Java Wrapper Classes

 

Java language provides a dedicated wrapper class for each one of Java primitive types. Each one of those classes is a wrapper around the primitive type that stores the primitive’s value and provides a way for the primitive to have state and behavior. The wrapper classes can be constructed using a variable of the corresponding primitive type or String. Java language provides the following wrapper classes.

Wrapper Class Primitive Type Wrapper Class Constructors
Integer int Integer(int), Integer(String)
Boolean boolean Boolean(boolean), Boolean(String)
Long long Long(long), Long(String)
Short short Sort(short), Short(string)
Character char Character(char)
Double double Double(double), Double(String)
Float float Float(float), Float(double), Float(String)
Byte byte Byte(byte), Byte(String)

Number wrappers

java.lang.Number is the parent class of the wrapper classes for the numeric primitive types, which are int, short, byte, double, float, long.

How to Create a Number Object

Java defines 2 ways to create a number object.

1 – A wrapper object is initialized by using the object’s constructor.

Integer i = new Integer(“1”);

2 – Java provides the valueOf method for all the wrapper classes to create a wrapper object. The signature of the value of method is as follows:

public static <Wrapper Class> valueOf(String)

For example, an integer object can be created from a String using the valueOf() method as follows:

Integer i = Integer.valueOf(“1”);

Also, for the wrapper classes that are subclasses of the Number class, a primitive variable can be created from a String using the parseXXX method of the wrapper class. Every wrapper class defines its own parser method.

Integer public static int parseInt(String)

Double public static double parseDouble(String)

Float public static float parseFloat(String)

Byte public static byte parseByte(String)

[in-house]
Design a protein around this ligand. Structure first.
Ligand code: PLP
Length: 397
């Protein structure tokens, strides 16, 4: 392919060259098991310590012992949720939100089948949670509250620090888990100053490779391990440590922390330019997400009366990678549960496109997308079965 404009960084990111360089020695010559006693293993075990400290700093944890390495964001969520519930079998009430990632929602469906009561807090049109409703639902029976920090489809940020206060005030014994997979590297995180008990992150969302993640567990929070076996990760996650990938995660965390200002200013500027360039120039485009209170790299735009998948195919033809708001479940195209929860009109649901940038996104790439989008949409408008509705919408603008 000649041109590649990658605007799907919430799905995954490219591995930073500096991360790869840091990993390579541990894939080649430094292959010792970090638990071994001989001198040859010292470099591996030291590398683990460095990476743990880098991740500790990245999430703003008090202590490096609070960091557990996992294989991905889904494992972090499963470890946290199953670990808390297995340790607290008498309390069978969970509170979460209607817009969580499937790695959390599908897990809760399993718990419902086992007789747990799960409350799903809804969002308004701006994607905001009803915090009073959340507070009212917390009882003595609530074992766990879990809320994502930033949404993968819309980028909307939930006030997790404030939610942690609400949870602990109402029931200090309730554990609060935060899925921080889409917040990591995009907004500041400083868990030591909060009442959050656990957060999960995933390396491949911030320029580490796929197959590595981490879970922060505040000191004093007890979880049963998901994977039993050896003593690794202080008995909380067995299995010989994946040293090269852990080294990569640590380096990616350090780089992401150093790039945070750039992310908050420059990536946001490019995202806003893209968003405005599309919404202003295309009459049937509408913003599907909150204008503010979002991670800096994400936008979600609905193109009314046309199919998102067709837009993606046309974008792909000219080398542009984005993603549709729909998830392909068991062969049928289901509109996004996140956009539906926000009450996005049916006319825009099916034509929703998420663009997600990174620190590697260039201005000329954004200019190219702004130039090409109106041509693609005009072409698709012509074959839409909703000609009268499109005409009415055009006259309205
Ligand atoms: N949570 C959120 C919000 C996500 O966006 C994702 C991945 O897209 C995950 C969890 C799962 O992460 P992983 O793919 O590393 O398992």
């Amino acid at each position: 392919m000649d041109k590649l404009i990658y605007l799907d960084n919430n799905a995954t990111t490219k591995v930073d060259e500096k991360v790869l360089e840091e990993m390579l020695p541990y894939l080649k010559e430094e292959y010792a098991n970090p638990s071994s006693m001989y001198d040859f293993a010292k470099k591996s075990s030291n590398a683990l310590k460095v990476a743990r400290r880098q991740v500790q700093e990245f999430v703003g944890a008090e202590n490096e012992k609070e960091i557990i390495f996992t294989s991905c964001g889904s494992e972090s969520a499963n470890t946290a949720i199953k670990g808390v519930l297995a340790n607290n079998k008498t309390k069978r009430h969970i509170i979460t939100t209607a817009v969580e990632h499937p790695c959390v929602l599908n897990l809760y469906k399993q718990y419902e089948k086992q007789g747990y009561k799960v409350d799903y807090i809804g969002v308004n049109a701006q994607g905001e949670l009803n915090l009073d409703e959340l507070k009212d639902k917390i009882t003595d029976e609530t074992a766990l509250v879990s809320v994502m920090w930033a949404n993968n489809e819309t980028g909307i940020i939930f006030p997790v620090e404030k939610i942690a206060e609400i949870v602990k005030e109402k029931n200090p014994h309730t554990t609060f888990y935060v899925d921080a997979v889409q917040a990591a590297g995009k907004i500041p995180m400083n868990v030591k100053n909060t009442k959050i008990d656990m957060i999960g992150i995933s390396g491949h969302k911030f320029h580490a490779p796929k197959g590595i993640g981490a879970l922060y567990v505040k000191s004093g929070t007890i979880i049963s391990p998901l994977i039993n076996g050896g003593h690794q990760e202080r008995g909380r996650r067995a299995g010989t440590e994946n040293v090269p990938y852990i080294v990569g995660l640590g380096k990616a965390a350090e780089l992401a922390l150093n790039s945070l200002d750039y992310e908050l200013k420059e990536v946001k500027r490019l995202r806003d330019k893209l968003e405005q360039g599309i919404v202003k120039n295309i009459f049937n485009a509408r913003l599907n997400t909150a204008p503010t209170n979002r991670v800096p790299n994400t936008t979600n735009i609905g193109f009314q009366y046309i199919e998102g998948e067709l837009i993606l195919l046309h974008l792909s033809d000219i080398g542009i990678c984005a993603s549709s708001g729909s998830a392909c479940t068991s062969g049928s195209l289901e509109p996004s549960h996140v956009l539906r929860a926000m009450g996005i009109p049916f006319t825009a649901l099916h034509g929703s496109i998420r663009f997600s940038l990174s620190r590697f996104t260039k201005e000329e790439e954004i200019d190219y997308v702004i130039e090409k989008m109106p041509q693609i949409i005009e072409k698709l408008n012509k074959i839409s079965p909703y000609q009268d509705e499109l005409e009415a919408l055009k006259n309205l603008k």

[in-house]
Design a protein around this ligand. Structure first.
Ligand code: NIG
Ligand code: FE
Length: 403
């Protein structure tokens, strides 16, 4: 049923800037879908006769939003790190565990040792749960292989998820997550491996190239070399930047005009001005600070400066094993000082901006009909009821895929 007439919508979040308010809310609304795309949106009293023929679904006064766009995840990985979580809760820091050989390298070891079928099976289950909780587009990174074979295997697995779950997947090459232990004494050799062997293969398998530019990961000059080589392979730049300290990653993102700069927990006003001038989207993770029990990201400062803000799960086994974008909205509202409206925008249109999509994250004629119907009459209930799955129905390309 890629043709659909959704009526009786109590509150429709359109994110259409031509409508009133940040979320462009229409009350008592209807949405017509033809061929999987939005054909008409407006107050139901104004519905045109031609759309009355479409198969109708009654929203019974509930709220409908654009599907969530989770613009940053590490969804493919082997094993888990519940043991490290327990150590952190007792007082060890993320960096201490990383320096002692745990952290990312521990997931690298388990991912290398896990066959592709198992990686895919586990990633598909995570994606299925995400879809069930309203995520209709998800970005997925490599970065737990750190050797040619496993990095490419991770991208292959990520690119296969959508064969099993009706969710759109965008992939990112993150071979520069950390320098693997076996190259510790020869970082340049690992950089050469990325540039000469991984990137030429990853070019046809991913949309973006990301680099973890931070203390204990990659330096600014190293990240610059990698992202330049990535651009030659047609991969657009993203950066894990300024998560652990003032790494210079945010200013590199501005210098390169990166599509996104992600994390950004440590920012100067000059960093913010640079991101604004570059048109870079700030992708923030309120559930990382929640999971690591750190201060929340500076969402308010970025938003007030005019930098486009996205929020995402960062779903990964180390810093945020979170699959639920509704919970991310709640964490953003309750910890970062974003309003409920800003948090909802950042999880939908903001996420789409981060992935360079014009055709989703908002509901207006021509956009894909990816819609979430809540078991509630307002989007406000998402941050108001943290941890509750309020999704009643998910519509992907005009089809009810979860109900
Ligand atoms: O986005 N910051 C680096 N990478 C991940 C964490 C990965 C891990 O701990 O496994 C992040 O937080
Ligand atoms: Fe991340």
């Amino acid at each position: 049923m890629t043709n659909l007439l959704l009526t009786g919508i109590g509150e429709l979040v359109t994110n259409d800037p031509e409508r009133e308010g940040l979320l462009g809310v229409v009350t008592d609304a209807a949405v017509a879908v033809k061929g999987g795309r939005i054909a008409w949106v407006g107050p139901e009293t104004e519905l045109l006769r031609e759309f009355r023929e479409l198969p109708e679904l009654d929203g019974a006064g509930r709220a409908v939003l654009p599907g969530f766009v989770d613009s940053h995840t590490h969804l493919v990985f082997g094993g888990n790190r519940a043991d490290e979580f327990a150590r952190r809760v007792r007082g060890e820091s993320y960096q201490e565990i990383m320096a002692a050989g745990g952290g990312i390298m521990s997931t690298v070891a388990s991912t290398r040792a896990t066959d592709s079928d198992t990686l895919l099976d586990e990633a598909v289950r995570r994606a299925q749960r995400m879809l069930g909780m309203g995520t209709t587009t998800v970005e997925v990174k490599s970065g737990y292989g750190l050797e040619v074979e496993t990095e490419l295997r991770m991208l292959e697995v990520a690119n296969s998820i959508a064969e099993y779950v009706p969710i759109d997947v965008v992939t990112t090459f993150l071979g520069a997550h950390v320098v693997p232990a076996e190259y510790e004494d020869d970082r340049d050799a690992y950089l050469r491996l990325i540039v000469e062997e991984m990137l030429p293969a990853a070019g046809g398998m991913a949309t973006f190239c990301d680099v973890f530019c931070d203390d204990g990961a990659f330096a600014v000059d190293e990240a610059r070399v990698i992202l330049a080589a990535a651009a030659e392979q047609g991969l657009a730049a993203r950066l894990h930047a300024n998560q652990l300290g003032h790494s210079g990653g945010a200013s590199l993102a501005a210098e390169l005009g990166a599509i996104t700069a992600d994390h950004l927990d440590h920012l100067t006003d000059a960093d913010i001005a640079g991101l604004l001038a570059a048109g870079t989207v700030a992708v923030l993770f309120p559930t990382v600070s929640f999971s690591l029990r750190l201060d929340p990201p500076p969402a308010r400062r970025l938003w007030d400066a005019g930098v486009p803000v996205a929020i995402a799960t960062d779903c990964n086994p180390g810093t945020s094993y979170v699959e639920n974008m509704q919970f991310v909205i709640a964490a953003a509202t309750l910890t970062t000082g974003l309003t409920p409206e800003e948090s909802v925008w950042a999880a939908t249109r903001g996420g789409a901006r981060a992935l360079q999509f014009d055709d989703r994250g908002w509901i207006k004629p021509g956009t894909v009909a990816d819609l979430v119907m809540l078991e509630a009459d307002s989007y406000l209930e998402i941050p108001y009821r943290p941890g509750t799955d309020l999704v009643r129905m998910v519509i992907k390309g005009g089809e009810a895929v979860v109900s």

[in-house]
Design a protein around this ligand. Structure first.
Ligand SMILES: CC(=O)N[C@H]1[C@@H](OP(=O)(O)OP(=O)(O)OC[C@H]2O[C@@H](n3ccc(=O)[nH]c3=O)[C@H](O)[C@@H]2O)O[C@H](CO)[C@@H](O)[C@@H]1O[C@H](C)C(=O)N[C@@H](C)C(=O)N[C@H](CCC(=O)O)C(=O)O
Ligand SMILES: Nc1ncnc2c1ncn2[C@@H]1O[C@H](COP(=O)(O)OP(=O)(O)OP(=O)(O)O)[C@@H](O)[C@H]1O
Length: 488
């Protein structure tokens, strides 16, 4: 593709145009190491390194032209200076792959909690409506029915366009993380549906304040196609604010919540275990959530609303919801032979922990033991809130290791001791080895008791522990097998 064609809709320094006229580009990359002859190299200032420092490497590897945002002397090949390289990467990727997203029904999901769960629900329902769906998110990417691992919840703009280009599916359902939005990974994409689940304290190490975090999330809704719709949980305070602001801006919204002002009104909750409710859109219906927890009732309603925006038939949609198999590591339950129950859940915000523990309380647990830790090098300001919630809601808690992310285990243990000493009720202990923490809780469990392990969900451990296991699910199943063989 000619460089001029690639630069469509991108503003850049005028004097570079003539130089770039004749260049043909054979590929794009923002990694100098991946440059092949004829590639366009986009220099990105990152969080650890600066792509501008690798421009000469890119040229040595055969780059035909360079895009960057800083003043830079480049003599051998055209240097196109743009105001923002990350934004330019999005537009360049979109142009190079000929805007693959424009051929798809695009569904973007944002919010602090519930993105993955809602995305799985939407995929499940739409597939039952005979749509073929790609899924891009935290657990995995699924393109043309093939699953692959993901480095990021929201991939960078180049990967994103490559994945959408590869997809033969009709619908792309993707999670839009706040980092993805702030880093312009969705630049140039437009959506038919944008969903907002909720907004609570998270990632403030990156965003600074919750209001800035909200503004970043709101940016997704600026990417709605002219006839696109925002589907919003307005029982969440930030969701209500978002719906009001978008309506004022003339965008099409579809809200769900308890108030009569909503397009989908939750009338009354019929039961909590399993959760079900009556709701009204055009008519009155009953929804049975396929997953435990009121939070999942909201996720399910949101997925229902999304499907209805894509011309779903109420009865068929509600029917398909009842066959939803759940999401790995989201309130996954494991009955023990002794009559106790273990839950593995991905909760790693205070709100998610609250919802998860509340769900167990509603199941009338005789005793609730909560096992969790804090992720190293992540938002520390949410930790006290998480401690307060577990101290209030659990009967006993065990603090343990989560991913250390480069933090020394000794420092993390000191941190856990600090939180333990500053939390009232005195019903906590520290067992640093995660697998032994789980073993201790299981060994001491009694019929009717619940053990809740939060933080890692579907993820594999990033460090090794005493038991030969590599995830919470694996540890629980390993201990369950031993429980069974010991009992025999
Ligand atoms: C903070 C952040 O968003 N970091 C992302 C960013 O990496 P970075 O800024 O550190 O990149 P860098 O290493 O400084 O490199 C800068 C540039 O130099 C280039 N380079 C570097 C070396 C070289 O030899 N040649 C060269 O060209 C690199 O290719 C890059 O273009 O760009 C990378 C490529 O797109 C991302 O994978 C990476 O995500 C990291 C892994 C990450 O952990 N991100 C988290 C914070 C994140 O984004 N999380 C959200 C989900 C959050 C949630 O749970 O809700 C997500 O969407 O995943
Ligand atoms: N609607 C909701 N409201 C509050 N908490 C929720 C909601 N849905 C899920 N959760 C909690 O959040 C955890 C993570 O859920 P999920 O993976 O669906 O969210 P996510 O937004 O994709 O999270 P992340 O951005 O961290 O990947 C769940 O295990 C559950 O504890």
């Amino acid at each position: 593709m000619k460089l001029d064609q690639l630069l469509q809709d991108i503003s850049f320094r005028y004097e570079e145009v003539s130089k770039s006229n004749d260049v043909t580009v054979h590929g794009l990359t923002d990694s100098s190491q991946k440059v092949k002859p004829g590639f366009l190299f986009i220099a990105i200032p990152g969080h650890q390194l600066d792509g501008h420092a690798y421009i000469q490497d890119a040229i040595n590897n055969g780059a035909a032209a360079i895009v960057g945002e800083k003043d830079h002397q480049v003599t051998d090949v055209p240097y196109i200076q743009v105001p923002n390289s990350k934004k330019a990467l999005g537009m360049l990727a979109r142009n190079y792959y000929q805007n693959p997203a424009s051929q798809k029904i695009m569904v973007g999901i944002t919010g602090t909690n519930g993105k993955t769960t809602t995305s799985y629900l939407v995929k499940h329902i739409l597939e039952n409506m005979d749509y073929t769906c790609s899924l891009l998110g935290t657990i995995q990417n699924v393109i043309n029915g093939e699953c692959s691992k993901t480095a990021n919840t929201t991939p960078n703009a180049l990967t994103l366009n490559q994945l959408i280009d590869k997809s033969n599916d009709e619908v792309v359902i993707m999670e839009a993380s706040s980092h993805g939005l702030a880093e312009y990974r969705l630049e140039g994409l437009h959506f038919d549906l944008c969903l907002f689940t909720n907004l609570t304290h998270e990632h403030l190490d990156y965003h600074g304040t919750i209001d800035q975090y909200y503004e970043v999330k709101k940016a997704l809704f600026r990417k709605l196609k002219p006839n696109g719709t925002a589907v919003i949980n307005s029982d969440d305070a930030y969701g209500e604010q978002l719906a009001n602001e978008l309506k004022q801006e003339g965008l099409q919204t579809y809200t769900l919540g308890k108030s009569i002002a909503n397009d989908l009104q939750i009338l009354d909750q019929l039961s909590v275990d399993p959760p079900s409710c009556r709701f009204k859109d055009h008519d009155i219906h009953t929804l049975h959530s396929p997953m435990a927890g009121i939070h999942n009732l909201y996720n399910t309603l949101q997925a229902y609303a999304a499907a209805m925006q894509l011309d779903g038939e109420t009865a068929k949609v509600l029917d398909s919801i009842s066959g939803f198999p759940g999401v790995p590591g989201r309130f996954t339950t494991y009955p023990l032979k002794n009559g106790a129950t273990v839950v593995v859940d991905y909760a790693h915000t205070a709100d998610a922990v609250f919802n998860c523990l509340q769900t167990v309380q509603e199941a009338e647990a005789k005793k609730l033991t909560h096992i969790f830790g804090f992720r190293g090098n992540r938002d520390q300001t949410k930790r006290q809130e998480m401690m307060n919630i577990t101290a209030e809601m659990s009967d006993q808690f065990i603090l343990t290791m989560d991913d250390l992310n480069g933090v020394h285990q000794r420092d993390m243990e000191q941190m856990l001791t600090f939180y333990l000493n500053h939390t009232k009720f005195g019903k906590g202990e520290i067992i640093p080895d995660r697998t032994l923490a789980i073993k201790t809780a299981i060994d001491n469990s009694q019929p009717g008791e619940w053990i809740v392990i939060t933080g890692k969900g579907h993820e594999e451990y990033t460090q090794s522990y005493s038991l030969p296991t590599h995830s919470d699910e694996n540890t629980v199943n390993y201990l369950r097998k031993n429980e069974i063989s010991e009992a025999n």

Long public static long parseLong(String)

Short public static short parseShort(String)

For example, using the following statement, we can create a primitive integer variable and assign it the value 2.

int i = Integer.parseInt(“2”);

The primitive value of a Number class can be obtained using the xxxValue method. The signature of the method is as follows:

Integer public int intValue()

Double public double doubleValue()

Float public float floatValue()

Byte public byte byteValue()

Long public long longValue()

Short public short shortValue()

As an example, let’s create an Integer object using the String “1” and then get its value and assign it to a primitive.

Integer object = new Integer(“1”);

int i = object.intValue();

The value of the primitive int variable i would be 1.

What is NumberFormatException?

When creating a number object or parsing a primitive numeric type from a string, if the string object itself does not represent a number that can be assigned to the primitive variable properly, the method throws a NumberFormatException. For example, the following statement parses “Hello” string to assign it to an int primitive. However, “Hello” string does not represent an integer and the statement would throw a NumberFormatException.

int i = Integer.parseInt(“Hello”);

Similarly,the following statement would throw a NumberFormatException since the string that is parsed represents a double, not an integer.

int i = Integer.parseInt(“2.5”);

NumberFormatException is an unchecked exception. Therefore, it does not have to be caught or declared when a method that creates a number object or parses a primitive from a String is invoked.

Now, let’s see number classes in an example program.

public static MyClass {

public static void main(String [] args) {

Integer i = new Integer(“1”);

System.out.println(“i: “ + i.intValue());

Integer j = new Integer(2);

System.out.println(“j: “ + j.intValue());

Integer k = Integer.valueOf(“3”);

System.out.println(“k: “ + k.intValue());

int l = Integer.parseInt(“4”);

System.out.println(“l: “ + l);

}

}

The output would be

i: 1

j: 2

k: 3

l: 4